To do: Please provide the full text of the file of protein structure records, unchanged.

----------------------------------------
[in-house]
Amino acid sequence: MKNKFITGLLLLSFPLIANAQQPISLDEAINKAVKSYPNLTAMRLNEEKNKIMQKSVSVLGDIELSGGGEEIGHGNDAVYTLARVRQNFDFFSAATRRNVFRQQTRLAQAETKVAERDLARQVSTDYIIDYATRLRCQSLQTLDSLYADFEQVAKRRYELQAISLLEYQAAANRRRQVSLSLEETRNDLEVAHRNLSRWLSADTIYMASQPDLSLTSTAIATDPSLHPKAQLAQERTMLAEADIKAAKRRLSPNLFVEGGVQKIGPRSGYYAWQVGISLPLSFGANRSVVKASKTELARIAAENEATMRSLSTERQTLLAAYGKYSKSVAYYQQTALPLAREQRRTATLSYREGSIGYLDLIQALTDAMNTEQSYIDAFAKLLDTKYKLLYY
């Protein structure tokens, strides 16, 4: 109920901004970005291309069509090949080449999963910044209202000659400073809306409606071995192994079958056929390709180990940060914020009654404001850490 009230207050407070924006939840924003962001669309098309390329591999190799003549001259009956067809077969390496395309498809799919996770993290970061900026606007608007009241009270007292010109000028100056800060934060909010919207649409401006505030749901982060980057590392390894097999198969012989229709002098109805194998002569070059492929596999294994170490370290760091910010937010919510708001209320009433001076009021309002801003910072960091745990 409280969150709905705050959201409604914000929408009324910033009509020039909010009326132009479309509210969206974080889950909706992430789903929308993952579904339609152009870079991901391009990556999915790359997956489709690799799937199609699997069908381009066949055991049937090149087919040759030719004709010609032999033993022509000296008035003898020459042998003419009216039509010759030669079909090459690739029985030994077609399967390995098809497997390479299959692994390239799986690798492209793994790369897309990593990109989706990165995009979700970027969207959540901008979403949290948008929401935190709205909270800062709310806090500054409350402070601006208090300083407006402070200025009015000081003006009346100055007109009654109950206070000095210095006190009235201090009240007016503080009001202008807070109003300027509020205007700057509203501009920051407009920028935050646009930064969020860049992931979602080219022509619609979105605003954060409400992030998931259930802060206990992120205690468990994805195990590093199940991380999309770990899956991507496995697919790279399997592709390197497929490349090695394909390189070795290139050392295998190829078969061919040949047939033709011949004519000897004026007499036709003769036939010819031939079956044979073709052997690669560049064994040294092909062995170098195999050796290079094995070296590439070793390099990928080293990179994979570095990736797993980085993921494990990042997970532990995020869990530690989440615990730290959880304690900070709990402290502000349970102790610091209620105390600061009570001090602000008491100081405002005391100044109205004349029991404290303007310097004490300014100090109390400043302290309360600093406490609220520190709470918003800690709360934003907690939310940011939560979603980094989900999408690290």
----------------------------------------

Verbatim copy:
[in-house]
Amino acid sequence: MKNKFITGLLLLSFPLIANAQQPISLDEAINKAVKSYPNLTAMRLNEEKNKIMQKSVSVLGDIELSGGGEEIGHGNDAVYTLARVRQNFDFFSAATRRNVFRQQTRLAQAETKVAERDLARQVSTDYIIDYATRLRCQSLQTLDSLYADFEQVAKRRYELQAISLLEYQAAANRRRQVSLSLEETRNDLEVAHRNLSRWLSADTIYMASQPDLSLTSTAIATDPSLHPKAQLAQERTMLAEADIKAAKRRLSPNLFVEGGVQKIGPRSGYYAWQVGISLPLSFGANRSVVKASKTELARIAAENEATMRSLSTERQTLLAAYGKYSKSVAYYQQTALPLAREQRRTATLSYREGSIGYLDLIQALTDAMNTEQSYIDAFAKLLDTKYKLLYY
């Protein structure tokens, strides 16, 4: 109920901004970005291309069509090949080449999963910044209202000659400073809306409606071995192994079958056929390709180990940060914020009654404001850490 009230207050407070924006939840924003962001669309098309390329591999190799003549001259009956067809077969390496395309498809799919996770993290970061900026606007608007009241009270007292010109000028100056800060934060909010919207649409401006505030749901982060980057590392390894097999198969012989229709002098109805194998002569070059492929596999294994170490370290760091910010937010919510708001209320009433001076009021309002801003910072960091745990 409280969150709905705050959201409604914000929408009324910033009509020039909010009326132009479309509210969206974080889950909706992430789903929308993952579904339609152009870079991901391009990556999915790359997956489709690799799937199609699997069908381009066949055991049937090149087919040759030719004709010609032999033993022509000296008035003898020459042998003419009216039509010759030669079909090459690739029985030994077609399967390995098809497997390479299959692994390239799986690798492209793994790369897309990593990109989706990165995009979700970027969207959540901008979403949290948008929401935190709205909270800062709310806090500054409350402070601006208090300083407006402070200025009015000081003006009346100055007109009654109950206070000095210095006190009235201090009240007016503080009001202008807070109003300027509020205007700057509203501009920051407009920028935050646009930064969020860049992931979602080219022509619609979105605003954060409400992030998931259930802060206990992120205690468990994805195990590093199940991380999309770990899956991507496995697919790279399997592709390197497929490349090695394909390189070795290139050392295998190829078969061919040949047939033709011949004519000897004026007499036709003769036939010819031939079956044979073709052997690669560049064994040294092909062995170098195999050796290079094995070296590439070793390099990928080293990179994979570095990736797993980085993921494990990042997970532990995020869990530690989440615990730290959880304690900070709990402290502000349970102790610091209620105390600061009570001090602000008491100081405002005391100044109205004349029991404290303007310097004490300014100090109390400043302290309360600093406490609220520190709470918003800690709360934003907690939310940011939560979603980094989900999408690290």